Tuesday, November 10, 2015

Earliest Evidence of Marijuana Is From Jomon Japan

The earliest evidence of marijuana use by humans (for its hemp fibers) comes from Jomon Japan.

[T]he earliest traces of cannabis in Japan are seeds and woven fibers discovered in the west of the country dating back to the Jomon Period (10,000 BC – 300 BC). Archaeologists suggest that cannabis fibers were used for clothes – as well as for bow strings and fishing lines. These plants were likely cannabis sativa – prized for its strong fibers – a thesis supported by a Japanese prehistoric cave painting which appears to show a tall spindly plant with cannabis’s tell-tale leaves.

Until World War II, it was an important commercial crop in Japan.

This changed after World War II, and Japan now has some of the most strict anti-cannabis laws in the world.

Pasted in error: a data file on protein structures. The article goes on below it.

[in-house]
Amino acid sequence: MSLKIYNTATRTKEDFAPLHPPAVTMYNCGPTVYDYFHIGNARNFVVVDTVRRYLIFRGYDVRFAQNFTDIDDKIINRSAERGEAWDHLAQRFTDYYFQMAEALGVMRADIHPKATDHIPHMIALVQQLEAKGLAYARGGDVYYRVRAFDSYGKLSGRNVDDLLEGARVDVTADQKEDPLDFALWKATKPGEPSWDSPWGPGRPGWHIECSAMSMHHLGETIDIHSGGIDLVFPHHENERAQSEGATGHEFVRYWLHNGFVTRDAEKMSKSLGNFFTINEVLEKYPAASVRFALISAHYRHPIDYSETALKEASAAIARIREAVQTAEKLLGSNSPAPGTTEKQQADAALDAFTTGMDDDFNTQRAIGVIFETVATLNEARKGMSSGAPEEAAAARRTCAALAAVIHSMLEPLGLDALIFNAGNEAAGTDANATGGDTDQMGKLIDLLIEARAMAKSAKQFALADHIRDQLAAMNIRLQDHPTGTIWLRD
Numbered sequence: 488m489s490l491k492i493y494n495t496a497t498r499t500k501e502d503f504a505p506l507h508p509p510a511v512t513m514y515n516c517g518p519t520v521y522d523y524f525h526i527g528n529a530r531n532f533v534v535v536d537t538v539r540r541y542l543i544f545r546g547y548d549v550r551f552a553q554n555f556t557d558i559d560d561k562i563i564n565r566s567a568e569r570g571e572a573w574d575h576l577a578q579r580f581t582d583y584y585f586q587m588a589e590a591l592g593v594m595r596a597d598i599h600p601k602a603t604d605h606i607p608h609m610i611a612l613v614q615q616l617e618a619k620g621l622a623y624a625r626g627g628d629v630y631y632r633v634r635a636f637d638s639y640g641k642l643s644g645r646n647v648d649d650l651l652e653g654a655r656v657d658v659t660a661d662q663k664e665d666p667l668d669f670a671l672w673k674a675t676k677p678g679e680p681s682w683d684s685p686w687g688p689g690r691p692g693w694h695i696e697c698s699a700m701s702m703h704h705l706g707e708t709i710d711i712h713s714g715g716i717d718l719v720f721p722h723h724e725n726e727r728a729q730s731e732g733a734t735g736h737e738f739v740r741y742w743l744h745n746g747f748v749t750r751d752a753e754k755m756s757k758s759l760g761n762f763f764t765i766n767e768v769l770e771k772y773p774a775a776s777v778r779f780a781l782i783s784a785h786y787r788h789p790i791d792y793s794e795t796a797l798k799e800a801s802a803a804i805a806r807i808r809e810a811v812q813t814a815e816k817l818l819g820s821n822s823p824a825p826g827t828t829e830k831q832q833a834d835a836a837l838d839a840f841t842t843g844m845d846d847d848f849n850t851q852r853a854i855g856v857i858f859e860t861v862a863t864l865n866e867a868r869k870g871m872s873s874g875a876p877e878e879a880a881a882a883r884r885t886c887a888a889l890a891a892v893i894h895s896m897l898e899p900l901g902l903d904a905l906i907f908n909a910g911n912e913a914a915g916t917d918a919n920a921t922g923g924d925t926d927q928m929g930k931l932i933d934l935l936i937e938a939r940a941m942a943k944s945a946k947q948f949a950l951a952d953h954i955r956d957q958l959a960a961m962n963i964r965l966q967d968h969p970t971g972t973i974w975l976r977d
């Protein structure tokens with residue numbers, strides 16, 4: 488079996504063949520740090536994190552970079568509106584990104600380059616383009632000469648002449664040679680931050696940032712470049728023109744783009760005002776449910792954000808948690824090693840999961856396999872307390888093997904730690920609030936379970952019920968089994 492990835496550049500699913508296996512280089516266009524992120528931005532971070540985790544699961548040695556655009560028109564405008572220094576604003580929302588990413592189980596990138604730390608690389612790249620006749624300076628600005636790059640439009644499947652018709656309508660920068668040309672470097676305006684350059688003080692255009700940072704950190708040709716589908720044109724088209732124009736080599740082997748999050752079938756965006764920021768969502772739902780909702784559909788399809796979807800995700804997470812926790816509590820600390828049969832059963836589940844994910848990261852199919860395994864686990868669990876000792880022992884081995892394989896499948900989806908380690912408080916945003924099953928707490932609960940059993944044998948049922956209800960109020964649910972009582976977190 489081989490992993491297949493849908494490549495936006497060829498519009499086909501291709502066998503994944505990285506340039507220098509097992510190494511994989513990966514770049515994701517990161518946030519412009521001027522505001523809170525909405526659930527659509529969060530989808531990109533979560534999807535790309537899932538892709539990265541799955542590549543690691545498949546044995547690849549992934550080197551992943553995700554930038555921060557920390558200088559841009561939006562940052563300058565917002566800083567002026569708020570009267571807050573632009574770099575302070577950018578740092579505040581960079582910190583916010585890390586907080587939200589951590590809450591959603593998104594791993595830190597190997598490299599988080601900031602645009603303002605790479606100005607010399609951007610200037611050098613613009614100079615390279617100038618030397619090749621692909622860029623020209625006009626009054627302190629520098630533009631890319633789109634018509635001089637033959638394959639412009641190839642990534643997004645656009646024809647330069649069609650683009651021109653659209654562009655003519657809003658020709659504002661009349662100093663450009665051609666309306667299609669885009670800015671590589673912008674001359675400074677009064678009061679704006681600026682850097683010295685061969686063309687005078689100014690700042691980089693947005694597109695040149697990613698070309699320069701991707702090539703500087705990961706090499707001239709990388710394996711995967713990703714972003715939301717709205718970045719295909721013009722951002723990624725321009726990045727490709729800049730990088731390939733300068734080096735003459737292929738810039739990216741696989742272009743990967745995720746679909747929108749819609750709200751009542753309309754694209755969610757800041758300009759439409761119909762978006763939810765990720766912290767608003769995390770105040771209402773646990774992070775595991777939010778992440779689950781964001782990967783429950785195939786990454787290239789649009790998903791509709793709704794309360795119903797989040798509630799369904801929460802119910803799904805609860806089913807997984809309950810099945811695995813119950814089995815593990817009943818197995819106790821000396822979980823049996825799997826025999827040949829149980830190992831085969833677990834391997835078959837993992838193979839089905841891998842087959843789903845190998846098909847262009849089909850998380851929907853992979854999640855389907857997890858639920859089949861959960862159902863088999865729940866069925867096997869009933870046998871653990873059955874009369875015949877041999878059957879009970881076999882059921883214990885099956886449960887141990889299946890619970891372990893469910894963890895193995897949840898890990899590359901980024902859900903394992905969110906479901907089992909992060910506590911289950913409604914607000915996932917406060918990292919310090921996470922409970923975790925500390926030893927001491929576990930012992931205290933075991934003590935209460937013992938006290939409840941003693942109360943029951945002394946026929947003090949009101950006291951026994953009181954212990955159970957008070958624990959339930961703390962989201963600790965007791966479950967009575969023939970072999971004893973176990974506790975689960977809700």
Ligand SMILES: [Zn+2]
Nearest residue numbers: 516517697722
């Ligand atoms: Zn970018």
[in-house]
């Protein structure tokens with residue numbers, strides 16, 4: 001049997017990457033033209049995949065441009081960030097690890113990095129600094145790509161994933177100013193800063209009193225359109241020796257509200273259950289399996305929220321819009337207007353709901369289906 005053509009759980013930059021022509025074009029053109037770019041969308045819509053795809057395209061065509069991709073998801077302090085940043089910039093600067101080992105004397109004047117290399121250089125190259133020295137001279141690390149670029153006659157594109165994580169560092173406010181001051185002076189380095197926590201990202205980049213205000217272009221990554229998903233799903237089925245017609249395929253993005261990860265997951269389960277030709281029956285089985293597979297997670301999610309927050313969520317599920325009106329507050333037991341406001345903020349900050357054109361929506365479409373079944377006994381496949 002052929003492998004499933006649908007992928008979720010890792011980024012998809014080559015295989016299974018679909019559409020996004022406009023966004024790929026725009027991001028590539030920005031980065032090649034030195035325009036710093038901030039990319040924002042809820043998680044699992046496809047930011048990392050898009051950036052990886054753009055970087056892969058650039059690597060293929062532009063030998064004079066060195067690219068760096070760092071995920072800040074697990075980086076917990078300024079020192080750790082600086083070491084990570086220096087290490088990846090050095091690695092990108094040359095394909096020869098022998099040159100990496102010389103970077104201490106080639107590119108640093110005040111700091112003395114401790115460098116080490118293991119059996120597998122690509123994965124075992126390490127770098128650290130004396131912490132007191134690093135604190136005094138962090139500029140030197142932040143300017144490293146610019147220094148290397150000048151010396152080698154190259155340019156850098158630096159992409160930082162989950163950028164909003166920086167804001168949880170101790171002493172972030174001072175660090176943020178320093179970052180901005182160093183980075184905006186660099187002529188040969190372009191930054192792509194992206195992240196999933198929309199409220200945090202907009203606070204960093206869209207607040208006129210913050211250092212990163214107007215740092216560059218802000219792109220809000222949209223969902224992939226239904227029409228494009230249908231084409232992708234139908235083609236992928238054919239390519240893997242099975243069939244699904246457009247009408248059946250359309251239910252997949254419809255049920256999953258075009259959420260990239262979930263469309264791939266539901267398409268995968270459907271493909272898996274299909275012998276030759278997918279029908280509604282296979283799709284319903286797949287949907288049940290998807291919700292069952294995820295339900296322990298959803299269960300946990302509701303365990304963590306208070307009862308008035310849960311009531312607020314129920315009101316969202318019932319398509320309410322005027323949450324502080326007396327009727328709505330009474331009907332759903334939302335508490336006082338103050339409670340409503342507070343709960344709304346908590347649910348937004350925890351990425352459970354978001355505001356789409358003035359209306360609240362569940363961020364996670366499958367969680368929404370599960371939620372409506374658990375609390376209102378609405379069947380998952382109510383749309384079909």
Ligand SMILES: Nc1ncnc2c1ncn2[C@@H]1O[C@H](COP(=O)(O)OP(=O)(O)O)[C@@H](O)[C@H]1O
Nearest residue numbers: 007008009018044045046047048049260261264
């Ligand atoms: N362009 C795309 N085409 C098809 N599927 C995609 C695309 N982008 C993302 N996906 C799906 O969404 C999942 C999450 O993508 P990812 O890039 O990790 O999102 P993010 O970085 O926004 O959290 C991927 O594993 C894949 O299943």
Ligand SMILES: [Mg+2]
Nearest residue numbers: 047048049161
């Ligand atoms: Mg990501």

Maju said...

What date does it have exactly? 10,000-300 BCE is a huge bracket and overlaps the oldest known hemp string in Europe, which is from Chalcolithic Portugal.

G Horvat said...

I think they have 6000-7000 yo Cannabis sativa from Torihama shell midden, Fukui perfecture but I wonder what was used to impress the cord in much earlier pottery.

Maju said...

That'd be much older than the Portuguese one indeed.

Cords can be made of many different plants.

DDeden said...

Congo Pygmies are Hunters-Gatherers, but they grow cannabis. Similarly, many North American AmerIndians grew tobacco early but not food plants until much later.

I consider the Jomon to be originally Asian Pygmies, later heavily mixed with Ainu, Hmong, Yayoi.